College Academic Captain Sarah (pictured left), delivered a heartfelt speech appealing to secondary students to be true Rebel Girls by taking one small step, further empowering girls and reducing the stigma around mental health issues as we acknowledge International Day of the Girl and World Mental Health Day this week. Her words are below.

Bay Girls Acknowledging International Day of the Girl and World Mental Health Day

Good morning Mr Sloman, Mrs Stewart, SLT, staff, parents, girls and of course our incoming group of IYCs. It seems fitting that today we acknowledge the role of Inter Year Carer – a role which is all about girls supporting girls – especially in a week that coincides with two significant days in the international calendar, International Day of the Girl and World Mental Health Day.
This year’s theme for International Day of the Girl is ‘Girl Force: Unscripted and Unstoppable’. 2019 will celebrate achievements amongst girls, who are moving from dreaming for a better future to seeing real change.

25 years ago, more than thirty thousand women from over 200 different countries arrived in Beijing for the World Conference on Women, determined to advocate and fight for the rights of women and girls. Today, these same women and many, many more are promoting girls’ education, standing up against gender-based violence, advocating for financial change and creating a space where girls can support girls. 

We could just sit back and think: “Someone else will do these things.” But we shouldn’t. Our rights are our responsibilities. In the words of 16 year-old climate activist Greta Thunberg: "We showed that we are united and that we, young people, are unstoppable." Bay girls are a force to be reckoned with, and we need to show everyone that we are Unscripted and Unstoppable.

This leads nicely into the global conversation about mental health, particularly regarding the wellbeing of young girls. One in five Australians are affected by mental illness and there is a gender gap, with girls being around twice as like to have a probable serious mental illness. The research suggests that three in four adult mental health conditions emerge by age 24 and half by age 14 and that earlier support is key to ensuring positive outcomes in adulthood for children and adolescents who experience mental health issues. Yet so many don’t seek help because of the stigma surrounding it. 

For example, when our parents go to the GP seeking counselling, the GP warns them that they will be labelled and it will go on their medical records. How have we come to the point where one of your friends is struggling with something and she doesn’t dare go to the school counsellor because she might be labelled as ‘that girl who sees the counsellor’.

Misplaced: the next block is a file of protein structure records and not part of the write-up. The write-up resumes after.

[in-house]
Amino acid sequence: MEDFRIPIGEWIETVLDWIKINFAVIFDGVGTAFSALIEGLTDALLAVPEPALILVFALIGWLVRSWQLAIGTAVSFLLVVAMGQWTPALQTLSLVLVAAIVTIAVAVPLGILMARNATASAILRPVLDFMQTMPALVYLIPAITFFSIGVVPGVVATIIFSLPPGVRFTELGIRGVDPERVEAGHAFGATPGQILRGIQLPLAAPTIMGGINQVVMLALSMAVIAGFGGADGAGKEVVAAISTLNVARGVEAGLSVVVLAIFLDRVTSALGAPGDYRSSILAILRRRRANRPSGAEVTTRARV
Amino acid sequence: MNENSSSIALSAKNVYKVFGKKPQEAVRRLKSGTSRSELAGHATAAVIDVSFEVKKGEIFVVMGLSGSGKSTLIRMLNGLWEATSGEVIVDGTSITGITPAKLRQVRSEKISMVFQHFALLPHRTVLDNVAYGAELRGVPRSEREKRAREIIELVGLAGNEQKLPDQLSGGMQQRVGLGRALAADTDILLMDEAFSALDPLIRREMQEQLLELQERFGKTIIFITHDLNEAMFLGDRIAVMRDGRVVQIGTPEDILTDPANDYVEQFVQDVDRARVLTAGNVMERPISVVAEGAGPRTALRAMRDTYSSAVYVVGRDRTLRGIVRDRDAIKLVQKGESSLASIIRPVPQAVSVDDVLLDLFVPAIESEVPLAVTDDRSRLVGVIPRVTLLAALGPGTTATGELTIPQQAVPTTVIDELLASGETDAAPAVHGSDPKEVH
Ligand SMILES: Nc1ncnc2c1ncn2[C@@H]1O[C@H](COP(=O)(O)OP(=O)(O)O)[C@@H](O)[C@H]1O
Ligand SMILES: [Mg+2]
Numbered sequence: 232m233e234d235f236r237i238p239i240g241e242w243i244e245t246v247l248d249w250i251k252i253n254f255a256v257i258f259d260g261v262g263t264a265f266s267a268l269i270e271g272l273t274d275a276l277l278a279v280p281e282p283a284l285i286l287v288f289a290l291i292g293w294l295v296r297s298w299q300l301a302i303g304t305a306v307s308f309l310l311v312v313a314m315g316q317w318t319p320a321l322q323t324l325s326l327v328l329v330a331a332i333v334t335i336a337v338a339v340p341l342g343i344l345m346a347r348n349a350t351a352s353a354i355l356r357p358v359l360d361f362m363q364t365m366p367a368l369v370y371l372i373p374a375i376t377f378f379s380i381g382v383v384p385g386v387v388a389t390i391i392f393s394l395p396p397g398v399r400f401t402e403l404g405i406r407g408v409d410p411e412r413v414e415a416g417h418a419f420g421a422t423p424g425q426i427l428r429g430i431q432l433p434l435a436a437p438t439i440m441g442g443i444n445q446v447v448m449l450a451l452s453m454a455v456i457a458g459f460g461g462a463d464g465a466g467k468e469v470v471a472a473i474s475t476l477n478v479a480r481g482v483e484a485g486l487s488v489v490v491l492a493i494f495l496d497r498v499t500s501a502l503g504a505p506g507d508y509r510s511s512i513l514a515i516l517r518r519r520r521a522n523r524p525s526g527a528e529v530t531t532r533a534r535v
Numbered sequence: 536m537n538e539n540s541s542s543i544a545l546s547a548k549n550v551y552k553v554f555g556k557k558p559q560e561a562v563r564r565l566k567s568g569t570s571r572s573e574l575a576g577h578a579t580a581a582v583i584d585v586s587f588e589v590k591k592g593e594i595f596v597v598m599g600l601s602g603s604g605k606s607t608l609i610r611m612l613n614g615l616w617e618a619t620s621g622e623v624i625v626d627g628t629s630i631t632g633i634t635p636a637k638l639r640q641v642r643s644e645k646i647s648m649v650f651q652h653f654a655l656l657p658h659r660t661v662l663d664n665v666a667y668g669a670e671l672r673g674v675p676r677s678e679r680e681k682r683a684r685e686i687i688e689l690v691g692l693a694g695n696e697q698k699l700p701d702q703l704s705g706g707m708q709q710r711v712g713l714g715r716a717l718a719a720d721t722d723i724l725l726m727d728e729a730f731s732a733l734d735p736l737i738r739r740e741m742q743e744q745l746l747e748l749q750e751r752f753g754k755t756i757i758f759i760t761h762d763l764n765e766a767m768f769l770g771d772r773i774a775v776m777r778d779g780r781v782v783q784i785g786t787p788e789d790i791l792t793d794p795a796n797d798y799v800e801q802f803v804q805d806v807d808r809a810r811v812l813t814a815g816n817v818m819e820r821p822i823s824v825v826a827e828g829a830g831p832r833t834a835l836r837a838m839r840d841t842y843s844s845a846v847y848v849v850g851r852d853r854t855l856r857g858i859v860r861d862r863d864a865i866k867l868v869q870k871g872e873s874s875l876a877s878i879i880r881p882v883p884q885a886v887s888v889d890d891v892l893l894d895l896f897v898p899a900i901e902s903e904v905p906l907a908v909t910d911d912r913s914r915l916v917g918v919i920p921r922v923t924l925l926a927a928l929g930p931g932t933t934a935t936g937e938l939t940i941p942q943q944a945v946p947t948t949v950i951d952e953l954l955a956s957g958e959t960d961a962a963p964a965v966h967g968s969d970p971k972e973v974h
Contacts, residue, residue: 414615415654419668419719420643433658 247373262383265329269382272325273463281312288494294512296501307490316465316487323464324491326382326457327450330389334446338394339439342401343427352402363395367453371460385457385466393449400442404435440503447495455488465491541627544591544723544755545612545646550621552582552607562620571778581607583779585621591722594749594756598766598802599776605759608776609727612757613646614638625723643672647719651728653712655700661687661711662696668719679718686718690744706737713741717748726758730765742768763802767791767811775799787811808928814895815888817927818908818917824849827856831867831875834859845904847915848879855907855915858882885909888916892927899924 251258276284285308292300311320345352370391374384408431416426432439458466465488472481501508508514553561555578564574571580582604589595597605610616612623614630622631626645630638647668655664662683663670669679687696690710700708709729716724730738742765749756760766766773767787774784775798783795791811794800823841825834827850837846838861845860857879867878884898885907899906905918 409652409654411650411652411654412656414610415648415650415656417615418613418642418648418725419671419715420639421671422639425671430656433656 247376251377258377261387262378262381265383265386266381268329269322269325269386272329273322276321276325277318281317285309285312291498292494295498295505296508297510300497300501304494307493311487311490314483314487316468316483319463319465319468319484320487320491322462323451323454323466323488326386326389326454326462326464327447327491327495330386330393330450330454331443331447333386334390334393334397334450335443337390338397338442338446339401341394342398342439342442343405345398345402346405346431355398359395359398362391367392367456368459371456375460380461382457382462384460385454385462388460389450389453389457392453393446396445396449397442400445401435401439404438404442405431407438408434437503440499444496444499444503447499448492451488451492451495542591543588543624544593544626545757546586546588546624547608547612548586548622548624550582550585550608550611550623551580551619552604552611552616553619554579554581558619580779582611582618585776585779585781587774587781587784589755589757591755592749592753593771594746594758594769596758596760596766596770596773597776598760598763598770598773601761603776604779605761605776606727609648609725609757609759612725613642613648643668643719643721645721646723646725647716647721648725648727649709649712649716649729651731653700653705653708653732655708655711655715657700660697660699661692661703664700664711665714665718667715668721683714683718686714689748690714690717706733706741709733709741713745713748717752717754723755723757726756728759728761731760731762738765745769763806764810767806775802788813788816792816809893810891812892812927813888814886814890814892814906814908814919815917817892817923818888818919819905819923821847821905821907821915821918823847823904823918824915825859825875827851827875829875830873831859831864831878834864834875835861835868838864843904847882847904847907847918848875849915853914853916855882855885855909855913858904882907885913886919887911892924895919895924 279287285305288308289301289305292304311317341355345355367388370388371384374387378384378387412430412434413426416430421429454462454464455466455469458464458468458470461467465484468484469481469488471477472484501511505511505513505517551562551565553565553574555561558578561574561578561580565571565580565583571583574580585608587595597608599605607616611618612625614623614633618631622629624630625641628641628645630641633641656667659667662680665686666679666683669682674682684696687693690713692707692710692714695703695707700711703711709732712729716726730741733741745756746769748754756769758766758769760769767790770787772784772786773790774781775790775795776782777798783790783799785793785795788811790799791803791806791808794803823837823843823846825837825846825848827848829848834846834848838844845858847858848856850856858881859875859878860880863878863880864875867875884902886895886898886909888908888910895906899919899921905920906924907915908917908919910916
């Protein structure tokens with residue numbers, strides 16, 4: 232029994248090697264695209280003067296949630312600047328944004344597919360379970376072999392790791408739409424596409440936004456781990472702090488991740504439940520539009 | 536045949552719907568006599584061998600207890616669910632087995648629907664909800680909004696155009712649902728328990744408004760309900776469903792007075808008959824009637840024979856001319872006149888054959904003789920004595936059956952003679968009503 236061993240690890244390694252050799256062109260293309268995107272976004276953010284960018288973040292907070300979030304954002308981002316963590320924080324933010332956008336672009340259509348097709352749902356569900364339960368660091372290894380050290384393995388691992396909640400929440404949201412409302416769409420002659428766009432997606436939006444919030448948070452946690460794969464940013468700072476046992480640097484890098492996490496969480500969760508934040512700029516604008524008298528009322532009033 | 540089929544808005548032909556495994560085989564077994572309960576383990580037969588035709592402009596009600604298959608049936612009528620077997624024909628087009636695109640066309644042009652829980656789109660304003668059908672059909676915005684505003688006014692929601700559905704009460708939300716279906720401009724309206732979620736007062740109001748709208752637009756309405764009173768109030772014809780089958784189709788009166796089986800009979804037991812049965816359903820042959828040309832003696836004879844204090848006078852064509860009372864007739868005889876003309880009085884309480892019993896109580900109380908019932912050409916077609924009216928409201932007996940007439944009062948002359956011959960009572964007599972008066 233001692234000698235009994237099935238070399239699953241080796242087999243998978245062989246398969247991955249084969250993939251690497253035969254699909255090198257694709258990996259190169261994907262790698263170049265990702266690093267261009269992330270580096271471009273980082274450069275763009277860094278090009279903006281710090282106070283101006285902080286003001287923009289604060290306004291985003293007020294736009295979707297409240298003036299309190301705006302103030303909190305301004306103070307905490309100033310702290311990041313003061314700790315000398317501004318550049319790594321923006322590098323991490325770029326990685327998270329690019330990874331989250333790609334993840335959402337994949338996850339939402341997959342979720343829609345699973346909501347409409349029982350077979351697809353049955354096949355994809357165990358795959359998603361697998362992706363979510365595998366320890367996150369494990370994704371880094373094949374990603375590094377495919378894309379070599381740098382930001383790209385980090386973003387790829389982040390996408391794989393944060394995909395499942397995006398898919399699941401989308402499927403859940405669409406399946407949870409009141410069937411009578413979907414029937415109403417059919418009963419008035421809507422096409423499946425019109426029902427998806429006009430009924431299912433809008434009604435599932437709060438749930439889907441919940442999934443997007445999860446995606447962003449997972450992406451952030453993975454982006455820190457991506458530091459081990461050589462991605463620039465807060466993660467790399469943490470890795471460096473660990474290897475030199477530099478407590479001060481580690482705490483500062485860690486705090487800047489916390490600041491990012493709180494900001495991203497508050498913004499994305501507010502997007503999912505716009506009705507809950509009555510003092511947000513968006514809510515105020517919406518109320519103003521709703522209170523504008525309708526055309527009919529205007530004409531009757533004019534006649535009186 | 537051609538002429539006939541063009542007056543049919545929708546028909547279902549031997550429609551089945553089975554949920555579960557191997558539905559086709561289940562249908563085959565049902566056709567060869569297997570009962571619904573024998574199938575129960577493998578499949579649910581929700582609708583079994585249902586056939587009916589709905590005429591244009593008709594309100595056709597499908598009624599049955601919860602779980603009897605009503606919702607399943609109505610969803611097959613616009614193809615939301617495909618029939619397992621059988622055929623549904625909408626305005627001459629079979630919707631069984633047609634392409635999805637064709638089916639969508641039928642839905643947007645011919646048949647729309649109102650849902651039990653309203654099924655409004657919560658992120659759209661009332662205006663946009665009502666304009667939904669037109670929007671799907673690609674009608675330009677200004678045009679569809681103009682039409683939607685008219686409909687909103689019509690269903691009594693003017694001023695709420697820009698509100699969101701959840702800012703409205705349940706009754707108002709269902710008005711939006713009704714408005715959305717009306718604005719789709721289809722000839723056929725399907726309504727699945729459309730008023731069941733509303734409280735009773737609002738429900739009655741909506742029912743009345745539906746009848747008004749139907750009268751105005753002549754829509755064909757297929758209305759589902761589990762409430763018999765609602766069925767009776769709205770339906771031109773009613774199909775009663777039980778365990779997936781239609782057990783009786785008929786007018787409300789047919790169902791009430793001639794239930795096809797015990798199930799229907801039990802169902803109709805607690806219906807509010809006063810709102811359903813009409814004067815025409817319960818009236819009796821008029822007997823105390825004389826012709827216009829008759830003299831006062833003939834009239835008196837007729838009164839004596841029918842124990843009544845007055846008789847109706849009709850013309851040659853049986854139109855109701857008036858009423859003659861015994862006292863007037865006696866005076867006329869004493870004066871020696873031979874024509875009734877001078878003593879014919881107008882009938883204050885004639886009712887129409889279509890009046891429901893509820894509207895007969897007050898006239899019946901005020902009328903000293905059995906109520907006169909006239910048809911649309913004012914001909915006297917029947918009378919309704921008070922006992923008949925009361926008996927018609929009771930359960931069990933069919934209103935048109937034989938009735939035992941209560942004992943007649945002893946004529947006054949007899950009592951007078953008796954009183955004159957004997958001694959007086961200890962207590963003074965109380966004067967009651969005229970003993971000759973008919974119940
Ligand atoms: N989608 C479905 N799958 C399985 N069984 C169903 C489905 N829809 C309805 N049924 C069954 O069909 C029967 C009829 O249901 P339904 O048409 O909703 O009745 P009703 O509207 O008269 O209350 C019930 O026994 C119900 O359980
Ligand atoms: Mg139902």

We are all human. I sometimes think “maybe I’m not smart enough or pretty enough or good enough”. Maybe I should go talk to someone? Maybe we should all go talk to someone? Because it’s time to stop thinking we go to the counsellor because there is something wrong with us, and start thinking that it is healthy and normal to talk about our issues. In fact, seeking support is all part of taking responsibility for your own health and wellbeing, and shows courage and wisdom.

Thursday is World Mental Health Day, which aims to shed light on what everyone can do to look after their mental health, and reach out to those in need of support. The theme this year in Queensland is “Take Time for Mental Health”. Take time to ask yourself, am I doing ok? Use the five actions of Hearts and Minds as a checklist by asking: ‘Am I connecting with others, taking notice, learning new things, giving and being active? Take time to boost the mental wellbeing of those around you – ask ‘RUOK?’. Take time for mental health.

But this is all just talk. Talking won’t be enough. We need to take action. And it starts with us as individuals. What are you going to do? What am I going to do, to take action?

This year at Moreton Bay, we will recognise both International Day of the Girl and World Mental Health Day in a number of ways. On Thursday, a group of Seniors will support girls in donating their hair so that it can be used to make wigs for girls suffering from hair loss caused by conditions such as alopecia or cancer. This is especially poignant considering that this issue was so close to Mrs Brazier’s heart. Additionally, on Friday, Years 7 to 12 will view a documentary called ‘Angst’ which is designed to start a global conversation about mental health and raise awareness around anxiety. The week will finish on Friday afternoon, where Whitfield will hold their annual service activity to raise funds and awareness for their chosen charity Rosies. Rosies reaches out to people most in need who are marginalised and socially isolated, fighting for their rights and aiming to improve mental health. These activities will allow us as a community of Bay Girls to be Unscripted and Unstoppable, and to Take Time for Mental Health.

So girls as you go into this week, I encourage you to take one small step towards further empowering girls and reducing the stigma around mental health issues. This is another chance for us to Breathe the Flames and Become the Fire. Cut off your hair for those who need it more, engage with the documentary about mental health, support the Whitfield service activity or a women’s rights organisation, join one of our service groups like Amnesty or Leos, go see our counsellor, Mrs Taylor. 

It doesn’t have to be a big thing, but just do something. Show everyone what happens when girls support other girls. 

In the words of critically acclaimed, international advocate for women’s rights, Mrs Janet Stewart, “Bay Girls are Rebel Girls”, so let’s live up to that this week and be a force for mental health and girls everywhere. Thank you.

Sarah Luckensmeyer
College Academic Captain